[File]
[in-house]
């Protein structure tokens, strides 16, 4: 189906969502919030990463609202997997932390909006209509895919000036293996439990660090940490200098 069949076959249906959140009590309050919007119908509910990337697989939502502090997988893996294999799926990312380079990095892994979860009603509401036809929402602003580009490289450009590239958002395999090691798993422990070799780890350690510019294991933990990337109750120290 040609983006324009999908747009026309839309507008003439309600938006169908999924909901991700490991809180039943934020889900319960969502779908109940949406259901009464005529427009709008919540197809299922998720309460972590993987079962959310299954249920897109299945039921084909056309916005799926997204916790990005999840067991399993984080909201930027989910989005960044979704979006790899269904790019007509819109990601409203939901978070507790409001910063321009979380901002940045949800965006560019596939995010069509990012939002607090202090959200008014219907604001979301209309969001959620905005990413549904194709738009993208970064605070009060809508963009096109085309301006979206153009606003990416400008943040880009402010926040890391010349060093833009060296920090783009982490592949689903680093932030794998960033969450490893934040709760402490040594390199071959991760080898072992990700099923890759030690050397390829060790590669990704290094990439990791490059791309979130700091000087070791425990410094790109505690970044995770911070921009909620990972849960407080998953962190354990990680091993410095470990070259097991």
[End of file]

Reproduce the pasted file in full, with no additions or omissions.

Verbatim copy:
[in-house]
């Protein structure tokens, strides 16, 4: 189906969502919030990463609202997997932390909006209509895919000036293996439990660090940490200098 069949076959249906959140009590309050919007119908509910990337697989939502502090997988893996294999799926990312380079990095892994979860009603509401036809929402602003580009490289450009590239958002395999090691798993422990070799780890350690510019294991933990990337109750120290 040609983006324009999908747009026309839309507008003439309600938006169908999924909901991700490991809180039943934020889900319960969502779908109940949406259901009464005529427009709008919540197809299922998720309460972590993987079962959310299954249920897109299945039921084909056309916005799926997204916790990005999840067991399993984080909201930027989910989005960044979704979006790899269904790019007509819109990601409203939901978070507790409001910063321009979380901002940045949800965006560019596939995010069509990012939002607090202090959200008014219907604001979301209309969001959620905005990413549904194709738009993208970064605070009060809508963009096109085309301006979206153009606003990416400008943040880009402010926040890391010349060093833009060296920090783009982490592949689903680093932030794998960033969450490893934040709760402490040594390199071959991760080898072992990700099923890759030690050397390829060790590669990704290094990439990791490059791309979130700091000087070791425990410094790109505690970044995770911070921009909620990972849960407080998953962190354990990680091993410095470990070259097991």